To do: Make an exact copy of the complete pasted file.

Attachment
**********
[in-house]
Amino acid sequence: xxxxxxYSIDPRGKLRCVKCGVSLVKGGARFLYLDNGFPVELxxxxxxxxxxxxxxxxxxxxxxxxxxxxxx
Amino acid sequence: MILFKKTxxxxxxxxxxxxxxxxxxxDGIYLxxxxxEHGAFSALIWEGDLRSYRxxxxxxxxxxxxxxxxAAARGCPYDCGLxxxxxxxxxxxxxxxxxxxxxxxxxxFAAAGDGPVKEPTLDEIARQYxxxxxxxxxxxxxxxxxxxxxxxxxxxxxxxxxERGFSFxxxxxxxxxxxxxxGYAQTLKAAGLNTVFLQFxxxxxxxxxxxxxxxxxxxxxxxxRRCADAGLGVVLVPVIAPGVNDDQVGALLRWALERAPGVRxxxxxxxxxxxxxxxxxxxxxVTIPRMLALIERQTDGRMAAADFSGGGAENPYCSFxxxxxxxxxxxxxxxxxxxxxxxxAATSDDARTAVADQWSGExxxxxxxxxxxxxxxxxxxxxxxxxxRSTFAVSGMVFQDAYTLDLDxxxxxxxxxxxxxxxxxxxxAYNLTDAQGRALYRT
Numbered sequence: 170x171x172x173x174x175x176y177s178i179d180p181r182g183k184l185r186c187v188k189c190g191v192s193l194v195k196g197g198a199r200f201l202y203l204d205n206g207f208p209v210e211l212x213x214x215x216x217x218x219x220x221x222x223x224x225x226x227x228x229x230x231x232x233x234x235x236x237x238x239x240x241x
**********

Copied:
[in-house]
Amino acid sequence: xxxxxxYSIDPRGKLRCVKCGVSLVKGGARFLYLDNGFPVELxxxxxxxxxxxxxxxxxxxxxxxxxxxxxx
Amino acid sequence: MILFKKTxxxxxxxxxxxxxxxxxxxDGIYLxxxxxEHGAFSALIWEGDLRSYRxxxxxxxxxxxxxxxxAAARGCPYDCGLxxxxxxxxxxxxxxxxxxxxxxxxxxFAAAGDGPVKEPTLDEIARQYxxxxxxxxxxxxxxxxxxxxxxxxxxxxxxxxxERGFSFxxxxxxxxxxxxxxGYAQTLKAAGLNTVFLQFxxxxxxxxxxxxxxxxxxxxxxxxRRCADAGLGVVLVPVIAPGVNDDQVGALLRWALERAPGVRxxxxxxxxxxxxxxxxxxxxxVTIPRMLALIERQTDGRMAAADFSGGGAENPYCSFxxxxxxxxxxxxxxxxxxxxxxxxAATSDDARTAVADQWSGExxxxxxxxxxxxxxxxxxxxxxxxxxRSTFAVSGMVFQDAYTLDLDxxxxxxxxxxxxxxxxxxxxAYNLTDAQGRALYRT
Numbered sequence: 170x171x172x173x174x175x176y177s178i179d180p181r182g183k184l185r186c187v188k189c190g191v192s193l194v195k196g197g198a199r200f201l202y203l204d205n206g207f208p209v210e211l212x213x214x215x216x217x218x219x220x221x222x223x224x225x226x227x228x229x230x231x232x233x234x235x236x237x238x239x240x241x